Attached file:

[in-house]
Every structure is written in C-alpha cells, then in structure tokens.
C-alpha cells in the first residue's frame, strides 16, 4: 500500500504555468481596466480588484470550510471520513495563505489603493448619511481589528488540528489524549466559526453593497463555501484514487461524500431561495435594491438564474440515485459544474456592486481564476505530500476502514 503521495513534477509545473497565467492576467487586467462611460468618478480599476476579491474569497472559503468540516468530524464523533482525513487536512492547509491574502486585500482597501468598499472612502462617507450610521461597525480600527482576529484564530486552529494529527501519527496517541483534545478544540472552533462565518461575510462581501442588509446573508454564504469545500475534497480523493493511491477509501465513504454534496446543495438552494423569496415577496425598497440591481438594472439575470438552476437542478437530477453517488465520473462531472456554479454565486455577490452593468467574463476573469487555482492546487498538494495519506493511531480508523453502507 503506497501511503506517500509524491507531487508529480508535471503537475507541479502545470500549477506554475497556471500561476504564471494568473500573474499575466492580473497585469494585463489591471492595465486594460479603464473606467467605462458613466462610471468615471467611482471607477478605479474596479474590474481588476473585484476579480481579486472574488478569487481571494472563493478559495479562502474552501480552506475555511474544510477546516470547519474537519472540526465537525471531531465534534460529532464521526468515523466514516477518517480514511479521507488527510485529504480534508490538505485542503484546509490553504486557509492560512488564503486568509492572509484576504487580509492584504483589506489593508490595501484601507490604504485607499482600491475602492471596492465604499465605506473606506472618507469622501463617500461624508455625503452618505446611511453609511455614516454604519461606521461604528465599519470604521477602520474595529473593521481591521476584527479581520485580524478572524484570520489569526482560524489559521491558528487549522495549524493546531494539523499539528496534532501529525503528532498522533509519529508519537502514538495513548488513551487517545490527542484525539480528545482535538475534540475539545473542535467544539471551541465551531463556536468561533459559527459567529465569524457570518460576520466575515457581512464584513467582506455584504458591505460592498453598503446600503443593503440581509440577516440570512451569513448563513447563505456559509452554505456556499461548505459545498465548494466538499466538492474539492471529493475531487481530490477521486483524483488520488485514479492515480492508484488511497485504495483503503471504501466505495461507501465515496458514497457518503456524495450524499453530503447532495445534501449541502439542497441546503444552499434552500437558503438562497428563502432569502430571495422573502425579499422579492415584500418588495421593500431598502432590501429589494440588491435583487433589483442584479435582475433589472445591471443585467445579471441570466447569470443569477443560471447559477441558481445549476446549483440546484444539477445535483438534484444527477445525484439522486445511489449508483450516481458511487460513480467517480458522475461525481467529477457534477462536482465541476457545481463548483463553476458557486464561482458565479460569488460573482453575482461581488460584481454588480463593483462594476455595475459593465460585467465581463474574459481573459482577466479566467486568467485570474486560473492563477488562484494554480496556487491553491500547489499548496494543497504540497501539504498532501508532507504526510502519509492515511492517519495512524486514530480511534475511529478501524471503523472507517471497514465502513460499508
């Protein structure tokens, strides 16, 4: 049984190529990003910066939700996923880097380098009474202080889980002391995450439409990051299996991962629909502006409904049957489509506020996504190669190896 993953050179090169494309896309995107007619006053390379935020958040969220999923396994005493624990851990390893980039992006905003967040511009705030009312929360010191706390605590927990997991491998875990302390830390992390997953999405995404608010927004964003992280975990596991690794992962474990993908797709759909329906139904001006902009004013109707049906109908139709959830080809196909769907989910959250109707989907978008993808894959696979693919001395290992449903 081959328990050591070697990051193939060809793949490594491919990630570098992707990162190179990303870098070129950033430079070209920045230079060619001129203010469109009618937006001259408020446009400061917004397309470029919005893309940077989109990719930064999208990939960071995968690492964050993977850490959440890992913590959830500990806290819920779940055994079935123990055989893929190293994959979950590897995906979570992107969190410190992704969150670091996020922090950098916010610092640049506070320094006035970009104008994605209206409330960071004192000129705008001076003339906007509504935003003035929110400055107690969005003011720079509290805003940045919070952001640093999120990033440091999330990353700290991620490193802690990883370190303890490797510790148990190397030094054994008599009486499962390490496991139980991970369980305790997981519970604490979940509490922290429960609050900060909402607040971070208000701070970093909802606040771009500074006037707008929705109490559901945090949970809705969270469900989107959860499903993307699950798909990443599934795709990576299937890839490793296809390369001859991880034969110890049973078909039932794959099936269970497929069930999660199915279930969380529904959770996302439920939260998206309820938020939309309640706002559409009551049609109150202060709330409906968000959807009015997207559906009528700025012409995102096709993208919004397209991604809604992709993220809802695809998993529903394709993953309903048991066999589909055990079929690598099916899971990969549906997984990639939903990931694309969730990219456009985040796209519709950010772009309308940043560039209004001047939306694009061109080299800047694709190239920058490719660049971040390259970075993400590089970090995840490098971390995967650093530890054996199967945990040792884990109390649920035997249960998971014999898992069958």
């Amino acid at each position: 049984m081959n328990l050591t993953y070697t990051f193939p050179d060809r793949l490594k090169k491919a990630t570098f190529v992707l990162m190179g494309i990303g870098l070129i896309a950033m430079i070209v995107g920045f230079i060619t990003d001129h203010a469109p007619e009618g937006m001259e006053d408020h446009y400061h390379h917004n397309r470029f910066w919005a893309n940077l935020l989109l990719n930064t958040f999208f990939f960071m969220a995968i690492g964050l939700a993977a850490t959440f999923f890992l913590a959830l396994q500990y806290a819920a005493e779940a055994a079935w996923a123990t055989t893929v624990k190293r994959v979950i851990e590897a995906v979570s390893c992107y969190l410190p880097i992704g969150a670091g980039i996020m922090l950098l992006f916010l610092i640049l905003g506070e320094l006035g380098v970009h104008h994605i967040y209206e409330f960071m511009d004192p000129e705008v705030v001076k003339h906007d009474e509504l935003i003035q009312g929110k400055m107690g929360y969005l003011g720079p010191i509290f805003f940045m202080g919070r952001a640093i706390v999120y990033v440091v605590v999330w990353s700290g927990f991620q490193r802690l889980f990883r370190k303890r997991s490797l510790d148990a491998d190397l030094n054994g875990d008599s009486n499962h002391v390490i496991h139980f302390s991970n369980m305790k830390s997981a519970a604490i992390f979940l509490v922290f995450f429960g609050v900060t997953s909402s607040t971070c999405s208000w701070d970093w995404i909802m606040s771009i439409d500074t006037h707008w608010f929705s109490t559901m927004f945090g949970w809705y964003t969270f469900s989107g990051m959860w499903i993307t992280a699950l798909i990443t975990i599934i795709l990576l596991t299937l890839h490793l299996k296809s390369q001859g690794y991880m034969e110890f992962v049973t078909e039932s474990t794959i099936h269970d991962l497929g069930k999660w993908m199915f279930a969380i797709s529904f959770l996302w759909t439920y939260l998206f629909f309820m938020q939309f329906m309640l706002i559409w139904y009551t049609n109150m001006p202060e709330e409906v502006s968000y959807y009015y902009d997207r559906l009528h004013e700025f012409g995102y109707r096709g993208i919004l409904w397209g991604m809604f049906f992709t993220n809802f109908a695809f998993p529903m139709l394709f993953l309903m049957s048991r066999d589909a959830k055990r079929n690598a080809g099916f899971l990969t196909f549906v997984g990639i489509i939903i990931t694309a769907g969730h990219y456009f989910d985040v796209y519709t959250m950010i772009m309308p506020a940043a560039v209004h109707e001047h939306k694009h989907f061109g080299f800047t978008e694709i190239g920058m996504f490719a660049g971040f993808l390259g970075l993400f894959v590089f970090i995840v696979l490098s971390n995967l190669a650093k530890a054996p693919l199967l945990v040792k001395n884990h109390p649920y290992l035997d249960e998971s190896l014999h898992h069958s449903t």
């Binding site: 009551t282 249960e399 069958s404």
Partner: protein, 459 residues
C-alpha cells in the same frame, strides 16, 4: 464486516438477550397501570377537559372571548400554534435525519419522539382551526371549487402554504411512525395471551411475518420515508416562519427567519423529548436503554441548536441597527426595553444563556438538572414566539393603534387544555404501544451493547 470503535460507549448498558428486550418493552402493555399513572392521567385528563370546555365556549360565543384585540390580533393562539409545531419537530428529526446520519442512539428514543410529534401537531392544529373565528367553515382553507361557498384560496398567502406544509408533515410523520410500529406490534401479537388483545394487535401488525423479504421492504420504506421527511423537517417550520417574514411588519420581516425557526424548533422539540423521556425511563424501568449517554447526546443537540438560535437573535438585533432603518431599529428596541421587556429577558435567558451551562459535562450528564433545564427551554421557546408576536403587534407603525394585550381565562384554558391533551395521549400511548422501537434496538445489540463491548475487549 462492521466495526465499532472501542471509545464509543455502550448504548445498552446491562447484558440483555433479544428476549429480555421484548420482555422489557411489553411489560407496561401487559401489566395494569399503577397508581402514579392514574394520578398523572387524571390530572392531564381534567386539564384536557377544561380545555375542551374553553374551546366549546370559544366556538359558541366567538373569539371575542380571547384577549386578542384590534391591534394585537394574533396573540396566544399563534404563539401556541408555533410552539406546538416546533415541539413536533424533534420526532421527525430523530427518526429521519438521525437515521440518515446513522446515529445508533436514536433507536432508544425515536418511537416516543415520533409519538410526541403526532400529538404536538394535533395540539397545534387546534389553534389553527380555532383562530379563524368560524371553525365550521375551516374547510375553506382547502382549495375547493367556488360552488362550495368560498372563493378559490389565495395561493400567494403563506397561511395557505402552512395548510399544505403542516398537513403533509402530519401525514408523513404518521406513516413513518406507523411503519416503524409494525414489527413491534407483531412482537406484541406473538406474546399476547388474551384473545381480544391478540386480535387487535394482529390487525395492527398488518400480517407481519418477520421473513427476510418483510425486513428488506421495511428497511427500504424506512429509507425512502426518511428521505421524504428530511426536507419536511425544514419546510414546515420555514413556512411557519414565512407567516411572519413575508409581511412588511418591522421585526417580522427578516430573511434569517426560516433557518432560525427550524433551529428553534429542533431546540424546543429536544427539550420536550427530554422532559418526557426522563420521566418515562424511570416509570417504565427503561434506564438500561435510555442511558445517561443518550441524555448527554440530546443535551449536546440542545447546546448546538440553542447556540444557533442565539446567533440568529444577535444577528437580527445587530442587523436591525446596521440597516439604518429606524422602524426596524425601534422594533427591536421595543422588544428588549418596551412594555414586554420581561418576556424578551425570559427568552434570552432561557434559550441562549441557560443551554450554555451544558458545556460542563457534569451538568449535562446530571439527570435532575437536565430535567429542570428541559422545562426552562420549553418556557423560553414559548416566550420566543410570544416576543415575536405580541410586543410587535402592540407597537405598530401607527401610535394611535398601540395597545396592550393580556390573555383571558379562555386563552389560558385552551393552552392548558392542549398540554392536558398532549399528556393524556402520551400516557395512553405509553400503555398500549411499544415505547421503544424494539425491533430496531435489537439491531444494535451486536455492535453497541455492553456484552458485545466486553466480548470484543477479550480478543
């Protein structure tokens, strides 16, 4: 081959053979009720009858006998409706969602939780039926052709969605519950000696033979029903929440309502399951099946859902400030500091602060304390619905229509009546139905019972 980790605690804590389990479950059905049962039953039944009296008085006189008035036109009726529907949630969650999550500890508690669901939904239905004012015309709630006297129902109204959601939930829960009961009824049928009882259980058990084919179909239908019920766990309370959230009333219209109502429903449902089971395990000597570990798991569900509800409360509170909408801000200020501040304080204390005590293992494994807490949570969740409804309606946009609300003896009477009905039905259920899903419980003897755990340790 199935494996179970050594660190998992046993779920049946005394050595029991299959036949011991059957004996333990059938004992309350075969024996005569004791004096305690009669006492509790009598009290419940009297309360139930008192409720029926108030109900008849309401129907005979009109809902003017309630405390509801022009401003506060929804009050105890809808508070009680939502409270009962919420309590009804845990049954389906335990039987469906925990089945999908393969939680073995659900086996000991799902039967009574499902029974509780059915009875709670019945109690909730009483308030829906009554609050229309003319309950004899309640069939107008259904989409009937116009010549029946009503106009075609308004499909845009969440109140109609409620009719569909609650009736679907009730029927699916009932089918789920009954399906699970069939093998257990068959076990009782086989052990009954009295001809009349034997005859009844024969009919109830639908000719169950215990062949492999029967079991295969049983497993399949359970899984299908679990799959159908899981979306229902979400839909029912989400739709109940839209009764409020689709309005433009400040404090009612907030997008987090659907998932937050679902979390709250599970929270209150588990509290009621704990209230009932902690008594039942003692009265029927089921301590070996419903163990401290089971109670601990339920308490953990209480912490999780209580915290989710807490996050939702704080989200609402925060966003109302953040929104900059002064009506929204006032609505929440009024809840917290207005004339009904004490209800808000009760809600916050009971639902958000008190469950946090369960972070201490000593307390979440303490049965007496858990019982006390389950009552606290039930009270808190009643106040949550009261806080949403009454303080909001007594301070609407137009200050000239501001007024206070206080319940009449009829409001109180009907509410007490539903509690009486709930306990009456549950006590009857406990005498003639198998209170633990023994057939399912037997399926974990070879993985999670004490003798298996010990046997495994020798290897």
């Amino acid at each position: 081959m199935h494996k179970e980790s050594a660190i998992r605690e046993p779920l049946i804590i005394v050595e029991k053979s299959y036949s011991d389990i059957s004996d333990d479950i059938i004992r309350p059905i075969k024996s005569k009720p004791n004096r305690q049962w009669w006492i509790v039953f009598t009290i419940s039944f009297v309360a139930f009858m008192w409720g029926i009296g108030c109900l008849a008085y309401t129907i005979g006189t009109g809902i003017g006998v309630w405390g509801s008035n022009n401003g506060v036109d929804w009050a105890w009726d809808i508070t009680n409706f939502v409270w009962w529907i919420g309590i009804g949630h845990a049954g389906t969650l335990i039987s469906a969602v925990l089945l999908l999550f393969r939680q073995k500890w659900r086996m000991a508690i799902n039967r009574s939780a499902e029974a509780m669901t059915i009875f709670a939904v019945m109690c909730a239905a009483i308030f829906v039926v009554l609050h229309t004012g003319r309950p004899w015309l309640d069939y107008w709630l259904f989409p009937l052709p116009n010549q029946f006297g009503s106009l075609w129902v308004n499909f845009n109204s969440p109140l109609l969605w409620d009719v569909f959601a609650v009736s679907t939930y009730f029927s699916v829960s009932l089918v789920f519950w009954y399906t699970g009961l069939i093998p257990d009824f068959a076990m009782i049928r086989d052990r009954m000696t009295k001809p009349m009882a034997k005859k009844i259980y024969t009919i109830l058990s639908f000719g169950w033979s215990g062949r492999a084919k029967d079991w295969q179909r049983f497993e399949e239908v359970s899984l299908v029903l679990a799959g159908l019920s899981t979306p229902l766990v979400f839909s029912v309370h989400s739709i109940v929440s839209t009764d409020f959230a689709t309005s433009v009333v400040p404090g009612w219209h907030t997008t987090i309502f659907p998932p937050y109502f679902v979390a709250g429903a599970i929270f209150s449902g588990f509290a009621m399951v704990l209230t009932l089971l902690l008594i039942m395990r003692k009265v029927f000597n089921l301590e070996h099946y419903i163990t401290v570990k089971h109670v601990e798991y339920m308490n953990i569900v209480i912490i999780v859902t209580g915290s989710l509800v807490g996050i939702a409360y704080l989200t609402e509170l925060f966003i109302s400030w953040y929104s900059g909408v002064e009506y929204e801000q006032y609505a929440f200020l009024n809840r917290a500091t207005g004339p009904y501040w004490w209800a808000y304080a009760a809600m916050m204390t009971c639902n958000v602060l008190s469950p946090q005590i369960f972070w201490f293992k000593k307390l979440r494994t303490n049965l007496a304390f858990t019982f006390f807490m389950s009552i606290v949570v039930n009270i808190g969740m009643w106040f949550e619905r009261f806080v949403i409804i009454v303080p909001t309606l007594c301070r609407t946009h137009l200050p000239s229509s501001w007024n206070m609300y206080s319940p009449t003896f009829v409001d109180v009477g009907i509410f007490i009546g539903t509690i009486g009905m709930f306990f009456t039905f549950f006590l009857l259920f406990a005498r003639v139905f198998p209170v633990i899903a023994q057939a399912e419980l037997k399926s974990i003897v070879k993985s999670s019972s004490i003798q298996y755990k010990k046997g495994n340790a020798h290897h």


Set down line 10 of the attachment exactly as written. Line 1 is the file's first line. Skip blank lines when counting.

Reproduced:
């Amino acid at each position: 081959m199935h494996k179970e980790s050594a660190i998992r605690e046993p779920l049946i804590i005394v050595e029991k053979s299959y036949s011991d389990i059957s004996d333990d479950i059938i004992r309350p059905i075969k024996s005569k009720p004791n004096r305690q049962w009669w006492i509790v039953f009598t009290i419940s039944f009297v309360a139930f009858m008192w409720g029926i009296g108030c109900l008849a008085y309401t129907i005979g006189t009109g809902i003017g006998v309630w405390g509801s008035n022009n401003g506060v036109d929804w009050a105890w009726d809808i508070t009680n409706f939502v409270w009962w529907i919420g309590i009804g949630h845990a049954g389906t969650l335990i039987s469906a969602v925990l089945l999908l999550f393969r939680q073995k500890w659900r086996m000991a508690i799902n039967r009574s939780a499902e029974a509780m669901t059915i009875f709670a939904v019945m109690c909730a239905a009483i308030f829906v039926v009554l609050h229309t004012g003319r309950p004899w015309l309640d069939y107008w709630l259904f989409p009937l052709p116009n010549q029946f006297g009503s106009l075609w129902v308004n499909f845009n109204s969440p109140l109609l969605w409620d009719v569909f959601a609650v009736s679907t939930y009730f029927s699916v829960s009932l089918v789920f519950w009954y399906t699970g009961l069939i093998p257990d009824f068959a076990m009782i049928r086989d052990r009954m000696t009295k001809p009349m009882a034997k005859k009844i259980y024969t009919i109830l058990s639908f000719g169950w033979s215990g062949r492999a084919k029967d079991w295969q179909r049983f497993e399949e239908v359970s899984l299908v029903l679990a799959g159908l019920s899981t979306p229902l766990v979400f839909s029912v309370h989400s739709i109940v929440s839209t009764d409020f959230a689709t309005s433009v009333v400040p404090g009612w219209h907030t997008t987090i309502f659907p998932p937050y109502f679902v979390a709250g429903a599970i929270f209150s449902g588990f509290a009621m399951v704990l209230t009932l089971l902690l008594i039942m395990r003692k009265v029927f000597n089921l301590e070996h099946y419903i163990t401290v570990k089971h109670v601990e798991y339920m308490n953990i569900v209480i912490i999780v859902t209580g915290s989710l509800v807490g996050i939702a409360y704080l989200t609402e509170l925060f966003i109302s400030w953040y929104s900059g909408v002064e009506y929204e801000q006032y609505a929440f200020l009024n809840r917290a500091t207005g004339p009904y501040w004490w209800a808000y304080a009760a809600m916050m204390t009971c639902n958000v602060l008190s469950p946090q005590i369960f972070w201490f293992k000593k307390l979440r494994t303490n049965l007496a304390f858990t019982f006390f807490m389950s009552i606290v949570v039930n009270i808190g969740m009643w106040f949550e619905r009261f806080v949403i409804i009454v303080p909001t309606l007594c301070r609407t946009h137009l200050p000239s229509s501001w007024n206070m609300y206080s319940p009449t003896f009829v409001d109180v009477g009907i509410f007490i009546g539903t509690i009486g009905m709930f306990f009456t039905f549950f006590l009857l259920f406990a005498r003639v139905f198998p209170v633990i899903a023994q057939a399912e419980l037997k399926s974990i003897v070879k993985s999670s019972s004490i003798q298996y755990k010990k046997g495994n340790a020798h290897h």